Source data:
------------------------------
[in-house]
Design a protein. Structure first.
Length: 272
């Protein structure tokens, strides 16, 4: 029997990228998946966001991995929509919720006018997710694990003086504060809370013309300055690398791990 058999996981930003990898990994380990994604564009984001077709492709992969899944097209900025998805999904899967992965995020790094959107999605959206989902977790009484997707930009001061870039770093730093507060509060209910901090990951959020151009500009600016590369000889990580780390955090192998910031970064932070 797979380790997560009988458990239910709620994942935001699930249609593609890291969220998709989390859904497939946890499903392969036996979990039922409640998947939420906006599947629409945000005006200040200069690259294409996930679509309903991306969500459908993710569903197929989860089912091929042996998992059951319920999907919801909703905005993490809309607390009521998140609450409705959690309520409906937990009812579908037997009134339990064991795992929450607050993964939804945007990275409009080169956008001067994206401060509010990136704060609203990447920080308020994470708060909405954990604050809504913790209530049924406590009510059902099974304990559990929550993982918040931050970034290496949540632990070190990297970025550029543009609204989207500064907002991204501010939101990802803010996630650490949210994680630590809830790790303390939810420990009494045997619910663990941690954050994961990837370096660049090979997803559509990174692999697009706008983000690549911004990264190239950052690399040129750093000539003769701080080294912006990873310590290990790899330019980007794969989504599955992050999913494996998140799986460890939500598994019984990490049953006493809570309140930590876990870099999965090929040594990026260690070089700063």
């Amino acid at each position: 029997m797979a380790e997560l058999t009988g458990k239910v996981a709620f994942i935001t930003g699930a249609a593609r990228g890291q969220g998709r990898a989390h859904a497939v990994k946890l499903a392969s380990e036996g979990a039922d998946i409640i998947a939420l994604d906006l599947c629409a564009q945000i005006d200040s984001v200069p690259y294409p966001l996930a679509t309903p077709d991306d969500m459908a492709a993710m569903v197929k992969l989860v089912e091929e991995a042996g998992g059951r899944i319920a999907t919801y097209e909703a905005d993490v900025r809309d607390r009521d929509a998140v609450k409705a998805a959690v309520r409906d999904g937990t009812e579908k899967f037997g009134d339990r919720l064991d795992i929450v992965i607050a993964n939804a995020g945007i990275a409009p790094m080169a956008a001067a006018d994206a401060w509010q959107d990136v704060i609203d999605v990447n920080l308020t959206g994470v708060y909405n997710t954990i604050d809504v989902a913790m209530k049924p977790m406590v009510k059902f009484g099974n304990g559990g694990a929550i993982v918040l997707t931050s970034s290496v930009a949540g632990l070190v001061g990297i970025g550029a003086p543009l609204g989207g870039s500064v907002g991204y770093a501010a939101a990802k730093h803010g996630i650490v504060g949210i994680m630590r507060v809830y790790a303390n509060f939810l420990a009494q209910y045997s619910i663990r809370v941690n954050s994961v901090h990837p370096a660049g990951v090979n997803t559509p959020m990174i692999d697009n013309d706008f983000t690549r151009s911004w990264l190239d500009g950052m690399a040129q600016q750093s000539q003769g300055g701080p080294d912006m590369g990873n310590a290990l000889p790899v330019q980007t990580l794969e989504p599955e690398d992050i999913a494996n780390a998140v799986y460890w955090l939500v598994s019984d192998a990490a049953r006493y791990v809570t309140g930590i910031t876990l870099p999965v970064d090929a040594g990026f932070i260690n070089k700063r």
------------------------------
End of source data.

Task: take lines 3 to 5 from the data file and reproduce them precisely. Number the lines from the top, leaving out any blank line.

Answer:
Length: 272
């Protein structure tokens, strides 16, 4: 029997990228998946966001991995929509919720006018997710694990003086504060809370013309300055690398791990 058999996981930003990898990994380990994604564009984001077709492709992969899944097209900025998805999904899967992965995020790094959107999605959206989902977790009484997707930009001061870039770093730093507060509060209910901090990951959020151009500009600016590369000889990580780390955090192998910031970064932070 797979380790997560009988458990239910709620994942935001699930249609593609890291969220998709989390859904497939946890499903392969036996979990039922409640998947939420906006599947629409945000005006200040200069690259294409996930679509309903991306969500459908993710569903197929989860089912091929042996998992059951319920999907919801909703905005993490809309607390009521998140609450409705959690309520409906937990009812579908037997009134339990064991795992929450607050993964939804945007990275409009080169956008001067994206401060509010990136704060609203990447920080308020994470708060909405954990604050809504913790209530049924406590009510059902099974304990559990929550993982918040931050970034290496949540632990070190990297970025550029543009609204989207500064907002991204501010939101990802803010996630650490949210994680630590809830790790303390939810420990009494045997619910663990941690954050994961990837370096660049090979997803559509990174692999697009706008983000690549911004990264190239950052690399040129750093000539003769701080080294912006990873310590290990790899330019980007794969989504599955992050999913494996998140799986460890939500598994019984990490049953006493809570309140930590876990870099999965090929040594990026260690070089700063």
């Amino acid at each position: 029997m797979a380790e997560l058999t009988g458990k239910v996981a709620f994942i935001t930003g699930a249609a593609r990228g890291q969220g998709r990898a989390h859904a497939v990994k946890l499903a392969s380990e036996g979990a039922d998946i409640i998947a939420l994604d906006l599947c629409a564009q945000i005006d200040s984001v200069p690259y294409p966001l996930a679509t309903p077709d991306d969500m459908a492709a993710m569903v197929k992969l989860v089912e091929e991995a042996g998992g059951r899944i319920a999907t919801y097209e909703a905005d993490v900025r809309d607390r009521d929509a998140v609450k409705a998805a959690v309520r409906d999904g937990t009812e579908k899967f037997g009134d339990r919720l064991d795992i929450v992965i607050a993964n939804a995020g945007i990275a409009p790094m080169a956008a001067a006018d994206a401060w509010q959107d990136v704060i609203d999605v990447n920080l308020t959206g994470v708060y909405n997710t954990i604050d809504v989902a913790m209530k049924p977790m406590v009510k059902f009484g099974n304990g559990g694990a929550i993982v918040l997707t931050s970034s290496v930009a949540g632990l070190v001061g990297i970025g550029a003086p543009l609204g989207g870039s500064v907002g991204y770093a501010a939101a990802k730093h803010g996630i650490v504060g949210i994680m630590r507060v809830y790790a303390n509060f939810l420990a009494q209910y045997s619910i663990r809370v941690n954050s994961v901090h990837p370096a660049g990951v090979n997803t559509p959020m990174i692999d697009n013309d706008f983000t690549r151009s911004w990264l190239d500009g950052m690399a040129q600016q750093s000539q003769g300055g701080p080294d912006m590369g990873n310590a290990l000889p790899v330019q980007t990580l794969e989504p599955e690398d992050i999913a494996n780390a998140v799986y460890w955090l939500v598994s019984d192998a990490a049953r006493y791990v809570t309140g930590i910031t876990l870099p999965v970064d090929a040594g990026f932070i260690n070089k700063r």